I think society is changing for the better. I have noticed many improvements in equality over the past twenty years working with vulnerable people in the LGBT community.
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It’s hard enough coming out when they are accepting and sharing that they have mental health issues, but when they are adding their struggles issues around their sexual identity I have found people all experience coming out even harder when faced with prejudice and discrimination as part of a minority.
Don’t get me wrong, being lesbian, gay, bisexual and transgender does not in itself lead to mental issues. However, members of the community have higher instances of mental problems. The National Institute for Mental Health in England (NIMHE) carried out a review of mental issues in the LGBT community and their report found the following:
- Lesbian, gay, bisexual and transgender are at more risk of suicidal behaviour and self-harm than straights.
- Gay and bisexual men are four times more likely to commit suicide.
- Lesbian, gay, bisexual and transgender people are 1½ times more likely to develop depression and anxiety compared to the rest of the population.
Lesbian, gay, bisexual and transgender are also susceptible to facing additional issues that can have an impact on their health and well-being.
Discrimination and bullying
More than half of younger LGBT people experience homophobic bullying in Britain’s schools. Nearly half of pupils who experience homophobic bullying have symptoms of depression, and one in six lesbian, gay or bisexual adults has experienced homophobic hate crimes or a related incident in the last 3 years.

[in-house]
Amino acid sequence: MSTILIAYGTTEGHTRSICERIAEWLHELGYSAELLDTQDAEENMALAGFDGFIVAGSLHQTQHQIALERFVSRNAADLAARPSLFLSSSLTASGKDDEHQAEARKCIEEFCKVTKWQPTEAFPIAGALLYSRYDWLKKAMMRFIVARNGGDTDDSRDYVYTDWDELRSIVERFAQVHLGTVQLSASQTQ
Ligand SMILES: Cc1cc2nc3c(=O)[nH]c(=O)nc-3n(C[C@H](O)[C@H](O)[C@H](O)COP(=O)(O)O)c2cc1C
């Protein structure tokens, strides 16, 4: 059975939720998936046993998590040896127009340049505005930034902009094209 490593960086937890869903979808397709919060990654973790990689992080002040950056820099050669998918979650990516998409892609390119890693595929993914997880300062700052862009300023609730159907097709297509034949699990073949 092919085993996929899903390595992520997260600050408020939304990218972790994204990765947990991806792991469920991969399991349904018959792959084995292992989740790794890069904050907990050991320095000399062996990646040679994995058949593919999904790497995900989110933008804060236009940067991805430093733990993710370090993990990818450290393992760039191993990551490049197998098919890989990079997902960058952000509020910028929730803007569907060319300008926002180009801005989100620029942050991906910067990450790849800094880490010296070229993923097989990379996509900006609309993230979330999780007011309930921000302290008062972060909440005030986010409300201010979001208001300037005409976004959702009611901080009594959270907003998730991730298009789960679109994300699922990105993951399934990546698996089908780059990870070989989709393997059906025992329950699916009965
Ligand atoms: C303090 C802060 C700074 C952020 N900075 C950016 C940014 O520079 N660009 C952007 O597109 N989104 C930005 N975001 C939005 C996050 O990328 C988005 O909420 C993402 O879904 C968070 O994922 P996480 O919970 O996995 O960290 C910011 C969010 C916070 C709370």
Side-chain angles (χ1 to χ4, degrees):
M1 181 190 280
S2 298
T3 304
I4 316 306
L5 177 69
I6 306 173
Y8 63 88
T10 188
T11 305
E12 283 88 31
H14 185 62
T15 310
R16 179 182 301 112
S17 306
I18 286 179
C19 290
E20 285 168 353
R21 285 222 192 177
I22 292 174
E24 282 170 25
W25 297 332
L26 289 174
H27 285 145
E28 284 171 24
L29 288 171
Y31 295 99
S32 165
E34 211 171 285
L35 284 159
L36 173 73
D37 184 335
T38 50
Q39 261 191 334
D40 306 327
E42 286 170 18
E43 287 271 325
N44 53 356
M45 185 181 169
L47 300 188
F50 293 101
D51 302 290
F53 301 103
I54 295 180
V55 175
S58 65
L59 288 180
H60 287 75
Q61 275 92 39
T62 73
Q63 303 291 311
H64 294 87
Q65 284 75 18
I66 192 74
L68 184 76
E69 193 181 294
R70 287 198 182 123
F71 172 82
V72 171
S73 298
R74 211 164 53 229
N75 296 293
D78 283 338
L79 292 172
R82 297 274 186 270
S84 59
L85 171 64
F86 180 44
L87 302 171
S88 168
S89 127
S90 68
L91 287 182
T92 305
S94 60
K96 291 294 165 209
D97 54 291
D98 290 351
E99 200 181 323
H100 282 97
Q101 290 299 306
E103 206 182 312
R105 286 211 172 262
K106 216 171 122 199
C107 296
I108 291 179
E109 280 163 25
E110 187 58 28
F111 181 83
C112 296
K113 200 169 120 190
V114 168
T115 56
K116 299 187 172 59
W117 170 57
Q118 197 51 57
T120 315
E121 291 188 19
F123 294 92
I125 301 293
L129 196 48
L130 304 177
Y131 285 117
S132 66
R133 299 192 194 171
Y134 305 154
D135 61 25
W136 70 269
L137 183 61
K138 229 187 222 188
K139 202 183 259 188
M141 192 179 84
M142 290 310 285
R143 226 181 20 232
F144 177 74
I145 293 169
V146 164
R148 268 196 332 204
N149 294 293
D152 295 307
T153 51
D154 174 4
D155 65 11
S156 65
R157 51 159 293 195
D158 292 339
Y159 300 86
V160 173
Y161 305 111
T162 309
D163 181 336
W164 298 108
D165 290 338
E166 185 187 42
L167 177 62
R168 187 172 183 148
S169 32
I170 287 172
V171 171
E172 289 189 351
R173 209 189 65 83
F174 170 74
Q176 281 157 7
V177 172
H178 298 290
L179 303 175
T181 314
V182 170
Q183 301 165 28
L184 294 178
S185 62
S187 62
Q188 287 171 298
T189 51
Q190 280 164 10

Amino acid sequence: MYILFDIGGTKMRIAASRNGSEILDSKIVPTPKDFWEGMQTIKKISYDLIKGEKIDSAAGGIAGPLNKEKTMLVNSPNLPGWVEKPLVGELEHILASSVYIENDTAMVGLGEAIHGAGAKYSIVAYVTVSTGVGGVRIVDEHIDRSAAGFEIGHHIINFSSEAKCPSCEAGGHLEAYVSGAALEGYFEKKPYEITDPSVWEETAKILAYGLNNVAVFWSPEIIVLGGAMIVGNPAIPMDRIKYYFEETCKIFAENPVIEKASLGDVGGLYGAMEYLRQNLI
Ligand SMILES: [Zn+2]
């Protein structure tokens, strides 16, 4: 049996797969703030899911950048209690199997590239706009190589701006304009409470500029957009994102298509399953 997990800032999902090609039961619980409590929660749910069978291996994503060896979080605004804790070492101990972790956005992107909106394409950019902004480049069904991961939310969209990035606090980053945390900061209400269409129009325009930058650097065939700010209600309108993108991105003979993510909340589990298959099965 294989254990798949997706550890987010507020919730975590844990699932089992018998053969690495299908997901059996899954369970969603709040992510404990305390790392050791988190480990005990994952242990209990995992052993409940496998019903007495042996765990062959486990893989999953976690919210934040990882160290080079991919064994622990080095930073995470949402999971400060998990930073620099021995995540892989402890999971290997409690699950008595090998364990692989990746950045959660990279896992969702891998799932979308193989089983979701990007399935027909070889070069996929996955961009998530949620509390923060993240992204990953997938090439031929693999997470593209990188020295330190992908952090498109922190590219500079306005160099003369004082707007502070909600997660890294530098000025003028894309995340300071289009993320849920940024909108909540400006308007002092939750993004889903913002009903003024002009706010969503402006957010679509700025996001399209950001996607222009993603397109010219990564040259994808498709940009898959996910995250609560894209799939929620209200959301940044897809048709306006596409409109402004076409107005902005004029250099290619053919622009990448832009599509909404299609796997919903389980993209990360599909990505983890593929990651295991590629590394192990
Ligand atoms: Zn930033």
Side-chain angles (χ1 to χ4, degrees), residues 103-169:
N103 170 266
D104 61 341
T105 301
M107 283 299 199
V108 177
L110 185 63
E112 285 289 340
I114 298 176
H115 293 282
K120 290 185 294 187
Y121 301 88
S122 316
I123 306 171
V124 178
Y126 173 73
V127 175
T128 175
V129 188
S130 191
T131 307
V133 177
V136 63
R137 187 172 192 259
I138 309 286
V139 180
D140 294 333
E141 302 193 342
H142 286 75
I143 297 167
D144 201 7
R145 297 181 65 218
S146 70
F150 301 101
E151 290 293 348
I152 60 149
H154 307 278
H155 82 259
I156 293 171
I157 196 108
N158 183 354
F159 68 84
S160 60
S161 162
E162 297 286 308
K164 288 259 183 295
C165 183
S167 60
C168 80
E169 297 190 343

A recent survey showed that the community also faces an increased likelihood of additional discrimination in the workplace that can lead to stress and depression. The survey found that:
- 52% of the participants had experienced problems with work due to being trans or having a trans history,
- 19% had experienced discrimination, and
- 7% had left a job due to harassment or discrimination even though they had no other job to go.
Coming out for the first time can be exciting and liberating, or very difficult. It could be a combination of the two, a one-off or a series of events. If you come out and experience rejection, you may not want to come out again. You may feel that you must hide your true self which in turn affects your health and well-being and cause stress, and the trauma can lead to destructive behaviors such as addiction, unhelpful thinking patterns and irrational behaviour.
The Lesbian, gay, bisexual and transgender community often experiences homophobia or transphobia. When discriminated against, you may turn these feelings inwards. You could develop negative feelings towards your own sexuality or gender identity because of this. This can make it difficult for you to accept your own sexual orientation or gender identity.
So where can someone go for help and support with their mental health & well-being?